Are you wondering how to get started with setting up Google AdWords? Do you have a product or service that you want to advertise with PPC Advertising? You have come to the right blog article and video. We are going to go over exactly how to start using your Google AdWords account. You can watch the YouTube video below or go through the steps of the article (or both) in order to learn more about Google AdWords. If you are a beginner, this is a great place to start.
In the video below, we go over how to set-up your first Google AdWords campaign. You can view the video here or click through to YouTube. After you create your account and set-up billing, we show you the step-by-step process of setting up your Google AdWords PPC Advertising.
AdWords Campaign and Conversion Tracking – You want to link your Google Analytics and Google AdWords accounts so they can communicate with each other. You also want to create Goals in Google Analytics so you can import them into Google AdWords. One of the best features of Google as an advertising channel is that you can actually bid for your Key Performance Indicators. Google AdWords is one way to drive traffic but you really want to drive leads or sales that turn into revenue.
Bonus Tips – Throughout the video I give you plenty of tips as far as advertising networks, bids, budgets, bidding strategies, keyword match types, ad creation, conversion tracking, and more. It might seem like a long video but you will learn a lot within 20 minutes that will help you learn how to use Google AdWords. I also gave plenty throughout the article, which should help you avoid mistakes early in the process.
Surfside PPC is a Google AdWords Agency – If you’d prefer to let a professional manage your Google AdWords campaigns for a small price, we can do that for you at Surfside PPC. We want to help you learn but we can also do the heavy lifting for you. Your campaigns will be actively managed every single day if you choose us.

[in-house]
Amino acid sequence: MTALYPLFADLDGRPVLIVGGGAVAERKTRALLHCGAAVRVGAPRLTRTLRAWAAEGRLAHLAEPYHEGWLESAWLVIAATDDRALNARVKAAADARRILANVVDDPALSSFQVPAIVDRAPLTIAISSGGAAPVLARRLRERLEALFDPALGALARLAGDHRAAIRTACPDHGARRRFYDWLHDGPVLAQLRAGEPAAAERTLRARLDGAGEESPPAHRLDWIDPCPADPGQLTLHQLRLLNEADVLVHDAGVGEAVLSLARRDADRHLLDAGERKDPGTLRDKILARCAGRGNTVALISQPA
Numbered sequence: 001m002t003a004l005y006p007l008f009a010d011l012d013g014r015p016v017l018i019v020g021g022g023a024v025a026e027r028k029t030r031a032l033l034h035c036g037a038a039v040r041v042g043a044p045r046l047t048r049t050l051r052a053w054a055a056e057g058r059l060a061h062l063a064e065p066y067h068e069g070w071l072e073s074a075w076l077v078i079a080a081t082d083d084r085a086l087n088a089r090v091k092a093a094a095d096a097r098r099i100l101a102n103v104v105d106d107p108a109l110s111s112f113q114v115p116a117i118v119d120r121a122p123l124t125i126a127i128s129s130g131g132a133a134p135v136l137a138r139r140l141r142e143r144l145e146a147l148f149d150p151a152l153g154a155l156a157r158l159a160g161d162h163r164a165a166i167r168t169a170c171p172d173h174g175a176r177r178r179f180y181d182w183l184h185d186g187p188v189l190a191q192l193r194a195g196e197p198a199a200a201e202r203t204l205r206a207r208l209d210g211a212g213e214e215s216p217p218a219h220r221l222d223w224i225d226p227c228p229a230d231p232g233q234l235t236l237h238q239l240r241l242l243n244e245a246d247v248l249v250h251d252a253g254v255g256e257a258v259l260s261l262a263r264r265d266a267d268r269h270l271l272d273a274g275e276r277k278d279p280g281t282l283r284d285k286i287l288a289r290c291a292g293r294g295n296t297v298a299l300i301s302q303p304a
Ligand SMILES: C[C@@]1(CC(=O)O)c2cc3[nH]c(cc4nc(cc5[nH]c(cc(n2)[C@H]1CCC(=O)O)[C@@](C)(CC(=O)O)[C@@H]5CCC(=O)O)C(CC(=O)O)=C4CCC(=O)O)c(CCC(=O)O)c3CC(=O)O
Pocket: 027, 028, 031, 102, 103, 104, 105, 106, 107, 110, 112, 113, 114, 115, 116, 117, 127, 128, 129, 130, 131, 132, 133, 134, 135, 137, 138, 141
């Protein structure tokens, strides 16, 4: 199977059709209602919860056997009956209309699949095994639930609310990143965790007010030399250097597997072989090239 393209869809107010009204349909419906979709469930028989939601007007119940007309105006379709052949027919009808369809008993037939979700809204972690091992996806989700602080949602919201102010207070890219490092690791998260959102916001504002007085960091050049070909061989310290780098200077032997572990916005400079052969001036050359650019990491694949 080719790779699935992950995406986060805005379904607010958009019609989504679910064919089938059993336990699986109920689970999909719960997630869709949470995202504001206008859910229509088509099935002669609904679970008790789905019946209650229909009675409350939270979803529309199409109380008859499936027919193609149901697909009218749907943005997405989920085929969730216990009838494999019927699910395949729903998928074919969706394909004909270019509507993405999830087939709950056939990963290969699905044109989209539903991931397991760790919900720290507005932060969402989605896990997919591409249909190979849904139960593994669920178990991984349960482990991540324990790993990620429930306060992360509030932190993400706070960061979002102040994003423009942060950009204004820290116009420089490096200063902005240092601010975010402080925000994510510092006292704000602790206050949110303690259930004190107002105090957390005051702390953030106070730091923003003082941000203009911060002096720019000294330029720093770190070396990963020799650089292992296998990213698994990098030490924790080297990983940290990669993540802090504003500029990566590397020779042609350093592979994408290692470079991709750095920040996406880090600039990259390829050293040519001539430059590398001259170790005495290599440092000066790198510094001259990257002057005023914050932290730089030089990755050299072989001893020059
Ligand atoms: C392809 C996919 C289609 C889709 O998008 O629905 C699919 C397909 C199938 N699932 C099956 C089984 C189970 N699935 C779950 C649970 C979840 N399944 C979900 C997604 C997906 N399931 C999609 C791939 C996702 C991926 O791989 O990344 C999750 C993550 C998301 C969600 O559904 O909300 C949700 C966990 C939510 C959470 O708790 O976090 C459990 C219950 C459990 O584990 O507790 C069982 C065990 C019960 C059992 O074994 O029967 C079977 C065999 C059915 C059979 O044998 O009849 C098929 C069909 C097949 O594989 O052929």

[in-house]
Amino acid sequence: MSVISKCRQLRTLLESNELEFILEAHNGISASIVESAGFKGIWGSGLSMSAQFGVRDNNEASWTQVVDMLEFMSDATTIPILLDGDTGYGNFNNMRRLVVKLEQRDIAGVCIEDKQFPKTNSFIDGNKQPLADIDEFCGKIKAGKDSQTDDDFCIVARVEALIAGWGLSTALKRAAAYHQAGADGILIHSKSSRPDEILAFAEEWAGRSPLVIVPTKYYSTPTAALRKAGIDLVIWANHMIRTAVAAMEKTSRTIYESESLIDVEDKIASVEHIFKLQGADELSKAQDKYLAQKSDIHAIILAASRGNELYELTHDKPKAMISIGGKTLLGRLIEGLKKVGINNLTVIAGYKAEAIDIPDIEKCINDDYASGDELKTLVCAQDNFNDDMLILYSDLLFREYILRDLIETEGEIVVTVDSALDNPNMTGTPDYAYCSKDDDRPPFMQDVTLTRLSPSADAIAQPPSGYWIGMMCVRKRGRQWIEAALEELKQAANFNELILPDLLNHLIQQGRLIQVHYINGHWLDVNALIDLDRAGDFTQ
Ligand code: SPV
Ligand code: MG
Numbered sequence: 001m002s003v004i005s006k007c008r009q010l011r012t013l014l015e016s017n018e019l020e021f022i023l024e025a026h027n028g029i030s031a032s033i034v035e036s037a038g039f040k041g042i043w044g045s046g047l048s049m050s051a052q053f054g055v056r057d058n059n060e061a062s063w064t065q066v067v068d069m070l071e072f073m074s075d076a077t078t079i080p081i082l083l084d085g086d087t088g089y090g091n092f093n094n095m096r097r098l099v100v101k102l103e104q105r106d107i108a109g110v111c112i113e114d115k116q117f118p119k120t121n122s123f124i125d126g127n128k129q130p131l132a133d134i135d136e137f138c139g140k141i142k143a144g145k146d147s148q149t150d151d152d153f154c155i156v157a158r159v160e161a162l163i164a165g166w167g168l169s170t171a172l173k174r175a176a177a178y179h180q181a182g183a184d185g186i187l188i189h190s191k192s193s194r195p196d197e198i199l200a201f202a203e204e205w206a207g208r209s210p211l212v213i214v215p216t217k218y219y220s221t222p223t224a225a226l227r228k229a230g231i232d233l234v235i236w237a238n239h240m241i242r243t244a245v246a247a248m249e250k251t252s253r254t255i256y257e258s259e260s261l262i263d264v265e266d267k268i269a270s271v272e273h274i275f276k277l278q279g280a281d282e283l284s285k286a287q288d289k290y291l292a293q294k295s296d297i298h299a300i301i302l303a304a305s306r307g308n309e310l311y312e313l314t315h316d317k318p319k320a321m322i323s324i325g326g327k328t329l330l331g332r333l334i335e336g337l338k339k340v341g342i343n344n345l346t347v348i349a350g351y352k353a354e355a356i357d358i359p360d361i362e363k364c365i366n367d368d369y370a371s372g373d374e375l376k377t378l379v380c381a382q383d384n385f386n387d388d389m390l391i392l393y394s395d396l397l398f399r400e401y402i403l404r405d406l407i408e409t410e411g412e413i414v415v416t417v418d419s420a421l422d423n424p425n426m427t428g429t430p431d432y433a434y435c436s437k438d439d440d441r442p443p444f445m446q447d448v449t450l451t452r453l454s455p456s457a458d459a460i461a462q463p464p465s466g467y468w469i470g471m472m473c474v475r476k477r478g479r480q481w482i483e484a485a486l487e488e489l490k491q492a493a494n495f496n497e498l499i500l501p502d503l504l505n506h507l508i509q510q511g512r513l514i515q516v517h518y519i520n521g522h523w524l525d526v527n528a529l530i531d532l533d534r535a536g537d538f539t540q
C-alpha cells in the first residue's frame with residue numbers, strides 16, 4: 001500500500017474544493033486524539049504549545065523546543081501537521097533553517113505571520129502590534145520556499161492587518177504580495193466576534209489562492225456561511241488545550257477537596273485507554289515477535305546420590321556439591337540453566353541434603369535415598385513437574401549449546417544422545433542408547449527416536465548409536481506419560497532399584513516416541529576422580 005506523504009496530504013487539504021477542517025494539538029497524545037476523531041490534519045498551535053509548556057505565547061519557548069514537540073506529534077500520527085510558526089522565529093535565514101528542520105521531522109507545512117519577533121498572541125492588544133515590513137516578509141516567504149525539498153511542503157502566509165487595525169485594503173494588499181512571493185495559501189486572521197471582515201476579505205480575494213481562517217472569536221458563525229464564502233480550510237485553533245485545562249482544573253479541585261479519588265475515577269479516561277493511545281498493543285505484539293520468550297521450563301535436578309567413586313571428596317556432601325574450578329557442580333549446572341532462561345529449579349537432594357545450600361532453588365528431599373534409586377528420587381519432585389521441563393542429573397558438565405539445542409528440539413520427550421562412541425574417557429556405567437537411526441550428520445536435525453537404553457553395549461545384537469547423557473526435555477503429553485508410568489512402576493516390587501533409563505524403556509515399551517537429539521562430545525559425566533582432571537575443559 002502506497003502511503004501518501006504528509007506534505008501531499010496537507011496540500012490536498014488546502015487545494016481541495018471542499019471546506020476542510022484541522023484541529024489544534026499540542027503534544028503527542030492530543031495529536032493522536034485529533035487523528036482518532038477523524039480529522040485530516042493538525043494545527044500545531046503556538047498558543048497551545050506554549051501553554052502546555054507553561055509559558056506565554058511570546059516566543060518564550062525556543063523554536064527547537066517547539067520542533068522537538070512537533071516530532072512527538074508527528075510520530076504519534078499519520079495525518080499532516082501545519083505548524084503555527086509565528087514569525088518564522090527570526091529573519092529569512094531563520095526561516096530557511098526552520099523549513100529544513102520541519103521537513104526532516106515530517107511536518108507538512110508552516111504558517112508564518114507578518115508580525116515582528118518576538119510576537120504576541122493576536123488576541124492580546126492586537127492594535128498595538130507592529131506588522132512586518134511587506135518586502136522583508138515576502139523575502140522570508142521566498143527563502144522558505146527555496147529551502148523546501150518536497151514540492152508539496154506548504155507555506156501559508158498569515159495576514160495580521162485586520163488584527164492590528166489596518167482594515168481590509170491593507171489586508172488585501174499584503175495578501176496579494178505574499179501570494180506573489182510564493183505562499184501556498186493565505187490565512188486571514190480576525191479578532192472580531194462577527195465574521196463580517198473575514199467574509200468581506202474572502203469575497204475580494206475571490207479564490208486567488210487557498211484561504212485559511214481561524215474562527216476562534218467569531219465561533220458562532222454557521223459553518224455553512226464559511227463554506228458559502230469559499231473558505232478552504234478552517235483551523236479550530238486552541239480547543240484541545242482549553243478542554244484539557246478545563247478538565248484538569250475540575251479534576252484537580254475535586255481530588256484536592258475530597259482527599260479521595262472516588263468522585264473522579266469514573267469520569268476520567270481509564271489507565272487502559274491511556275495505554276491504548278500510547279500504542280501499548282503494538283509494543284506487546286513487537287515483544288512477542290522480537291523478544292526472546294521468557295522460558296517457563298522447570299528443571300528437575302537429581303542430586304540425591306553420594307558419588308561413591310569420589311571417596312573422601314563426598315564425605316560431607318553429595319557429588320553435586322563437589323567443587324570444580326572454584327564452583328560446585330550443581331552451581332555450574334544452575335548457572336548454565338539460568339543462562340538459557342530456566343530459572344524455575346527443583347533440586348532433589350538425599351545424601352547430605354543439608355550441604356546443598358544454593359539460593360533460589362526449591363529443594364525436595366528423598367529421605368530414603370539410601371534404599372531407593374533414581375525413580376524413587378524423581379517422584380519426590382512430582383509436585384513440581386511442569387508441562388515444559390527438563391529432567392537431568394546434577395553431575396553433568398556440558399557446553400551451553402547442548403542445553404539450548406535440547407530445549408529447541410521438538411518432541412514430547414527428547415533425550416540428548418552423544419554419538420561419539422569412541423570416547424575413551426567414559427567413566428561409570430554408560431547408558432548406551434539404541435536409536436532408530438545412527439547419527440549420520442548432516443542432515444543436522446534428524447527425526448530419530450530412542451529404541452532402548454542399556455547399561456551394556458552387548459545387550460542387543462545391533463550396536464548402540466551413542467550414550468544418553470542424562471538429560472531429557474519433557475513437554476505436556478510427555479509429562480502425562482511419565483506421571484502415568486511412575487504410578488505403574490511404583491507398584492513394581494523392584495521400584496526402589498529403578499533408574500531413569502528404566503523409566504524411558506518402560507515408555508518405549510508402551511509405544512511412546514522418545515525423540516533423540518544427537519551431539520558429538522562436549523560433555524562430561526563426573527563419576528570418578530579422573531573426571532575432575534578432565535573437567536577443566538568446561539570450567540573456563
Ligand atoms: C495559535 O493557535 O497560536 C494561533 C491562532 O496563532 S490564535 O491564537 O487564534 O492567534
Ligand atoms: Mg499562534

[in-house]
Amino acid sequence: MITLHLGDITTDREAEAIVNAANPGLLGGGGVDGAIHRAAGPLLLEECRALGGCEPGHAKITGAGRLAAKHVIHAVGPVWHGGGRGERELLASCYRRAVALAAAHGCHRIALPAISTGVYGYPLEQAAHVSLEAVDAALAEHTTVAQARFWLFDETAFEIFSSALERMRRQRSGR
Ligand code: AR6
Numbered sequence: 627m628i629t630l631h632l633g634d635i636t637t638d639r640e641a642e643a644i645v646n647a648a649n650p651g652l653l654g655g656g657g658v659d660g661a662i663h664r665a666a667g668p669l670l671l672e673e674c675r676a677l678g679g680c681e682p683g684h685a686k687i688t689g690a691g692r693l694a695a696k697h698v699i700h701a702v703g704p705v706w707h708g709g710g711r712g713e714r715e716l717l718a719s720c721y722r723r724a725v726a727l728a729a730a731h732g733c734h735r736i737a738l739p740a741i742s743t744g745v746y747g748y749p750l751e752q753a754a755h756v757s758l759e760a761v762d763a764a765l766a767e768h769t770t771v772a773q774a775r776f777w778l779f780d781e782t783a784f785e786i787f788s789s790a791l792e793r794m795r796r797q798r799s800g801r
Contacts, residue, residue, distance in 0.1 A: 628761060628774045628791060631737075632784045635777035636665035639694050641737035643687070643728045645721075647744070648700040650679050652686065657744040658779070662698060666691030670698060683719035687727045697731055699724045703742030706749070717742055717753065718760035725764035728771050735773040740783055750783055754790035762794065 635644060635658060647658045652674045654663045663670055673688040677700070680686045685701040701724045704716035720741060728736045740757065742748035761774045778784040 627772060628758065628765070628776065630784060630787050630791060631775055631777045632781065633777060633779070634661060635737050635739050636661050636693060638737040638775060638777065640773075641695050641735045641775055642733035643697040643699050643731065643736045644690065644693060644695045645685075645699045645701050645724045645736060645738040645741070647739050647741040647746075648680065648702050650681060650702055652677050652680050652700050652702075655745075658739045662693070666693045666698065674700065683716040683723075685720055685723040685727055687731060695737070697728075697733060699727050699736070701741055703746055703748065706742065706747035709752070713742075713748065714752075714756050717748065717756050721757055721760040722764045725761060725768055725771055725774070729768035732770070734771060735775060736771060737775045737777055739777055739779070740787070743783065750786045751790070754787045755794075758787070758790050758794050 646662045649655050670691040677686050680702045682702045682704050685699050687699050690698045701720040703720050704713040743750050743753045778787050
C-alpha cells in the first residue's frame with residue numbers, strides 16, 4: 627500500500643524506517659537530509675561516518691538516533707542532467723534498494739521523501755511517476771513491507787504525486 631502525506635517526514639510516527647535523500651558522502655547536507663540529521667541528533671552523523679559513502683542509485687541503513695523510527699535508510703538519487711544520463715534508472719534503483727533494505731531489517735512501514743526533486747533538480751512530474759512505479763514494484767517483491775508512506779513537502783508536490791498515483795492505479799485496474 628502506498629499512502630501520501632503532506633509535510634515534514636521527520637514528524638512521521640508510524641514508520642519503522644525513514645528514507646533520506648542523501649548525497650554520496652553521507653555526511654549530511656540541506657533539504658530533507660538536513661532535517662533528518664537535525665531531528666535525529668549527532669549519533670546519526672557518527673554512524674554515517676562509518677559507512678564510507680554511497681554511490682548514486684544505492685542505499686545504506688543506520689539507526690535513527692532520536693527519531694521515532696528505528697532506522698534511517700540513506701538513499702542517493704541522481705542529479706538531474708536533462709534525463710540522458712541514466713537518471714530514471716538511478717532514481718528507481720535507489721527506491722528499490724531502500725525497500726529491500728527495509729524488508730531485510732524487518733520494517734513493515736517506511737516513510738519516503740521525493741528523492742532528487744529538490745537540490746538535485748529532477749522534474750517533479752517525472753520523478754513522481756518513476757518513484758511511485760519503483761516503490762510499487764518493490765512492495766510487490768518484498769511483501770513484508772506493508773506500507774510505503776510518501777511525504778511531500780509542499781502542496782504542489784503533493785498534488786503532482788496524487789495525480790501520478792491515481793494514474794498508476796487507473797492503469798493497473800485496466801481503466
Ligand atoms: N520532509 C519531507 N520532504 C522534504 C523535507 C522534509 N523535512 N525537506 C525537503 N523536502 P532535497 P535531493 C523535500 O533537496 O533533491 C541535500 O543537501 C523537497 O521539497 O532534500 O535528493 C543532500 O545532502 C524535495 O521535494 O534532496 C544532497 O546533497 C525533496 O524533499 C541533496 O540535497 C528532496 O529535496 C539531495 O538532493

Google AdWords Video Tutorial
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Google AdWords Campaign Set-up
We are going to go through all of the different steps for setting up your first Google AdWords campaign.
- Step 1 – Create Your Account and Set-Up Billing
- Step 2 – Create Search Network Only Campaign
- Step 3 – Select Location and Language Targeting
- Step 4 – Set-Up Bid Strategies, Bids, and Budgets
- Step 5 – Set-Up AdWords Ad Extensions
- Step 6 – Set-Up Ad Groups
- Step 7 – Add Your AdWords Keywords
- Step 8 – Create Your AdWords Text Ads
- Step 9 – Create Multiple Ads Per Ad Group
- Step 10 – Review Your Google AdWords Campaign
- Step 11 – Publish Your Campaign and Check Campaign Tracking
The first thing you need to get started with is setting up your Google account and setting up your Google AdWords account. You’ll need to link a credit card or a bank account to your account before any of your ads will run. The main screen helps you understand a little more about the different features and sections of Google AdWords.
From this screen, you want to click the ‘Create your first campaign’ button at the top and it will guide you through the process. You can click on some of the frequently asked questions for quick answers to your questions.